When it comes to outdoor cooking this 4th of July, you already know that Texans are spoiled by a plethora of regional styles and tastes from which to choose. Whether it’s beef brisket, chicken, turkey, ham or all of the above, there’s more than enough options to please just about any meat eater in the Great State.
Smoking meat is a type of barbecuing where the food is cooked slowly over a low heat. What foods and equipment are used to smoke comes down to that question of Texas style and preference and, as always, what’s available. Smoking results in a pleasingly deep and woody flavor for foods, so a smoky flavor is sometimes added to sauces and vegetables; but true smoked BBQ is really only done on big cuts of meat, like pork butts, whole chickens, brisket and racks of lamb and ribs.
Smoked foods take on a distinct flavor, usually of the wood used during the cooking process. If you enjoy the taste of hickory, cherry or apple woods infusing your meat, smoking is for you. Note that smoking can create an off-putting dish if you use mesquite, which can be too pungent for many guests, and sap tree wood – such as pine – which can ruin food due to flare-ups and its slight poisonous quality. Smoked meats also tend to be moister than barbecued or grilled foods and more readily fall off the bone.
For a true Texas barbecue experience, you need something that can replicate a pit – whether that’s slow cooking at a low temperature on a propane grill such as a Char-Broil Propane Gas Grill, or a charcoal burner with a lid such as the Char-Broil Charcoal Grill . The heat is indirect so you don’t have to turn the meat, but during barbecuing you do need to lift the lid to replace the coals. The downside of this process is that it then subjects the meat to the air and makes it dry out.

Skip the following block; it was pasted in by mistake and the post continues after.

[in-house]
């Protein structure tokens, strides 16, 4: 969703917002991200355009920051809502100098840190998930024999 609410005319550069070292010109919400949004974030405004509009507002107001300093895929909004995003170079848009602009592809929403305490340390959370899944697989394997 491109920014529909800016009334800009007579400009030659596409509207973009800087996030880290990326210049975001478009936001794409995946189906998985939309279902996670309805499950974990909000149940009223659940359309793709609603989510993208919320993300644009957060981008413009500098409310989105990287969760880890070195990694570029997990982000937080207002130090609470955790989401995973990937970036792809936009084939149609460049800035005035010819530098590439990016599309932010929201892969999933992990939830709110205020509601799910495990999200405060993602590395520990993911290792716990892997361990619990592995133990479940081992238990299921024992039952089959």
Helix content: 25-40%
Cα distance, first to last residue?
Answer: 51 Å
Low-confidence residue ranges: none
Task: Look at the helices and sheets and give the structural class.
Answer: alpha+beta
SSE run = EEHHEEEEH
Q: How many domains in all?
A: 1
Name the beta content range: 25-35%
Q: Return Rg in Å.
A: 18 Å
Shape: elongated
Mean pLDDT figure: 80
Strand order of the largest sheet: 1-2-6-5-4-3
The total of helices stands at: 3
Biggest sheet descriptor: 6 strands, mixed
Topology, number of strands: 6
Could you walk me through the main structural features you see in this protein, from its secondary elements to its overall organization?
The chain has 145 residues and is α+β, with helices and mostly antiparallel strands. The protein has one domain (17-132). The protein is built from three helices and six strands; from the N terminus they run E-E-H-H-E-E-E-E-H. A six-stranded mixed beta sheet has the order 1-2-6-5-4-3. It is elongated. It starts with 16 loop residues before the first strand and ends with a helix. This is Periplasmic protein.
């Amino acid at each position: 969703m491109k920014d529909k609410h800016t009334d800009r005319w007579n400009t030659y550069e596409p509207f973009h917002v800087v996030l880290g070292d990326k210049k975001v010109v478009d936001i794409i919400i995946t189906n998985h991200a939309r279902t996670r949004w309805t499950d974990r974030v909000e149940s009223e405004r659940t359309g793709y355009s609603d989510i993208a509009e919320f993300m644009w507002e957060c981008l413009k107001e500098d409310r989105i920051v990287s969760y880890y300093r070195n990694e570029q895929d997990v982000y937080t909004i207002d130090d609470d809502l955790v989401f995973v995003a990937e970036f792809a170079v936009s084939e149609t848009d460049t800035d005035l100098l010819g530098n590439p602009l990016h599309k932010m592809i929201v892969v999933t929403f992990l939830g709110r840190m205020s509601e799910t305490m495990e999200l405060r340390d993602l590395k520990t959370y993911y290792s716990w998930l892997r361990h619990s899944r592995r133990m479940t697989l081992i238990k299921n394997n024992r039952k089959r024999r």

A smoker, such as the Weber 2820 Smokey Mountain requires a closed container too, but you don’t have to adjust the meat while it’s cooking to move the coals. This can lead to a moister, more succulent final product – especially when it comes to lean meat cuts and poultry.
You will, however, need an external heat source attached to your cooking vessel to create the smoke. To keep the heat source at a constant temperature, which is necessary if you want to smoke your food rather than burn it, you may need to fiddle with your heat source regularly – adding more wood and stirring the coals. If you’re serious about smoking, purchase a smoker like the Akorn Kamado which is especially made for the task and keeps the temperature inside relatively constant. This means less work for you as your meat cooks, but an additional monetary investment.
Grilling is a great method for cooking more tender meat such as chicken, ribs, pork chops, beef skirt steak, beef loin strip steak, and beef loin porterhouse. We’ve found a great Texas method on how to grill ribs that has never disappointed. There is no reason to restrict grilling to only meat on the grill though. You can throw things like big Vidalia Onions, spicy shrimp, sweet potatoes or even a Mexican Pizza on the grill.
Texas-Style Barbecue Sauces
Regionally speaking, Texas savors four different styles of BBQ sauce:
- East Texas style: The meat is slowly cooked to the point that it is “falling off the bone.” It is typically cooked over hickory wood and marinated in a sweet, tomato-based sauce such as Lips Smackers East Texas BBQ Sauce.
- Central Texas style: The meat is usually rubbed with only salt and black pepper or in some cases with spices and cooked over an indirect heat from pecan or oak wood or mesquite wood or a combination of them. A sauce, such as Franklin BBQ sauce, from the famous Austin-based Franklin BBQ, may be served on the side. Or, straight from the Texas Hill Country, award-winning Rudy’s Dry Rub and BBQ Sauce is always a popular choice.
- West Texas style: The meat is cooked over direct heat from mesquite wood with a tomato-based sauce such as Famous Dave’s BBQ Texas Pit.
- South Texas style: Features thick, molasses-like sauces like Longhorn Rodeo Jalapeno BBQ Sauce that keeps the meat very moist.